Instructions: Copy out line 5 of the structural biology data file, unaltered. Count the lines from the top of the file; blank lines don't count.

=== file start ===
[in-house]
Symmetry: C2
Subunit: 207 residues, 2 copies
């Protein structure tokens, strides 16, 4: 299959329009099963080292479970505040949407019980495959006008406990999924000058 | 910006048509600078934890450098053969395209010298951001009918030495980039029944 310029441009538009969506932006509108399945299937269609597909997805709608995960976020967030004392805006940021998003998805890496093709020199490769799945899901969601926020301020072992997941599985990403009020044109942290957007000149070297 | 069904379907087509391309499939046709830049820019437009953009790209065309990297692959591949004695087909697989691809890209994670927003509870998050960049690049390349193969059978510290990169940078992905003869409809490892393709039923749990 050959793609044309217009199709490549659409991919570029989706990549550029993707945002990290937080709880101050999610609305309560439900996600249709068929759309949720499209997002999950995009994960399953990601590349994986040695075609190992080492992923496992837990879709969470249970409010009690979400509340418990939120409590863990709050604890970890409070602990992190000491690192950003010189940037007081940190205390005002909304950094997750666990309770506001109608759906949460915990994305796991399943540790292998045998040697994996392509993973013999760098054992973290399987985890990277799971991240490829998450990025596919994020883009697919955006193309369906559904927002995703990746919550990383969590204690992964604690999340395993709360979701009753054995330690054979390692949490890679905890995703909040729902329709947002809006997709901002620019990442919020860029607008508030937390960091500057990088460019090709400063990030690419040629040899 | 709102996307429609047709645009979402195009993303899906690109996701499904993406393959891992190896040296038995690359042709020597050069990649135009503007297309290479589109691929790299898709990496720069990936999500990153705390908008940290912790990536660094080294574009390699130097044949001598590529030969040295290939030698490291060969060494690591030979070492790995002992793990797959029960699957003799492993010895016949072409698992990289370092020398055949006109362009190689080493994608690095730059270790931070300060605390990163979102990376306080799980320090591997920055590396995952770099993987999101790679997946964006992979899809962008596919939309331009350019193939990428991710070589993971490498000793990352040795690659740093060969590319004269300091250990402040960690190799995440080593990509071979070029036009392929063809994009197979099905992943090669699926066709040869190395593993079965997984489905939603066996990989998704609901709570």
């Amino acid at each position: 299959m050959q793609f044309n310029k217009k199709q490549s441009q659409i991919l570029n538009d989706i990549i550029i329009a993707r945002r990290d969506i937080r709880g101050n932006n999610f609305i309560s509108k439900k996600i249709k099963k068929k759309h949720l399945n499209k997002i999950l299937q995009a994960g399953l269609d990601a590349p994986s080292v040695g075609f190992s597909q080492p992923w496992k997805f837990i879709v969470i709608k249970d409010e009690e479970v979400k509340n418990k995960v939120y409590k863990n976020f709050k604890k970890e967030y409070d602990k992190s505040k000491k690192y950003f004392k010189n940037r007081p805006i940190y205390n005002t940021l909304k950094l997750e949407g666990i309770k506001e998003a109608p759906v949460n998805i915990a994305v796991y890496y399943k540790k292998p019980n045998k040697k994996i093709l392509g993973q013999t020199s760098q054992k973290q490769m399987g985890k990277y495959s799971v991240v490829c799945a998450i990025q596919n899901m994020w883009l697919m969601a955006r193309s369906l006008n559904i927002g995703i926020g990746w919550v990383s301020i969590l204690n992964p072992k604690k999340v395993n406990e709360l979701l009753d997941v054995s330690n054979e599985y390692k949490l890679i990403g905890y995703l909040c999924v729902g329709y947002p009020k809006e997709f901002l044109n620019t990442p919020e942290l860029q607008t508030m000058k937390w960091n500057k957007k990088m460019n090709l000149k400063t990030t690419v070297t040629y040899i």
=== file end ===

């Amino acid at each position: 299959m050959q793609f044309n310029k217009k199709q490549s441009q659409i991919l570029n538009d989706i990549i550029i329009a993707r945002r990290d969506i937080r709880g101050n932006n999610f609305i309560s509108k439900k996600i249709k099963k068929k759309h949720l399945n499209k997002i999950l299937q995009a994960g399953l269609d990601a590349p994986s080292v040695g075609f190992s597909q080492p992923w496992k997805f837990i879709v969470i709608k249970d409010e009690e479970v979400k509340n418990k995960v939120y409590k863990n976020f709050k604890k970890e967030y409070d602990k992190s505040k000491k690192y950003f004392k010189n940037r007081p805006i940190y205390n005002t940021l909304k950094l997750e949407g666990i309770k506001e998003a109608p759906v949460n998805i915990a994305v796991y890496y399943k540790k292998p019980n045998k040697k994996i093709l392509g993973q013999t020199s760098q054992k973290q490769m399987g985890k990277y495959s799971v991240v490829c799945a998450i990025q596919n899901m994020w883009l697919m969601a955006r193309s369906l006008n559904i927002g995703i926020g990746w919550v990383s301020i969590l204690n992964p072992k604690k999340v395993n406990e709360l979701l009753d997941v054995s330690n054979e599985y390692k949490l890679i990403g905890y995703l909040c999924v729902g329709y947002p009020k809006e997709f901002l044109n620019t990442p919020e942290l860029q607008t508030m000058k937390w960091n500057k957007k990088m460019n090709l000149k400063t990030t690419v070297t040629y040899i």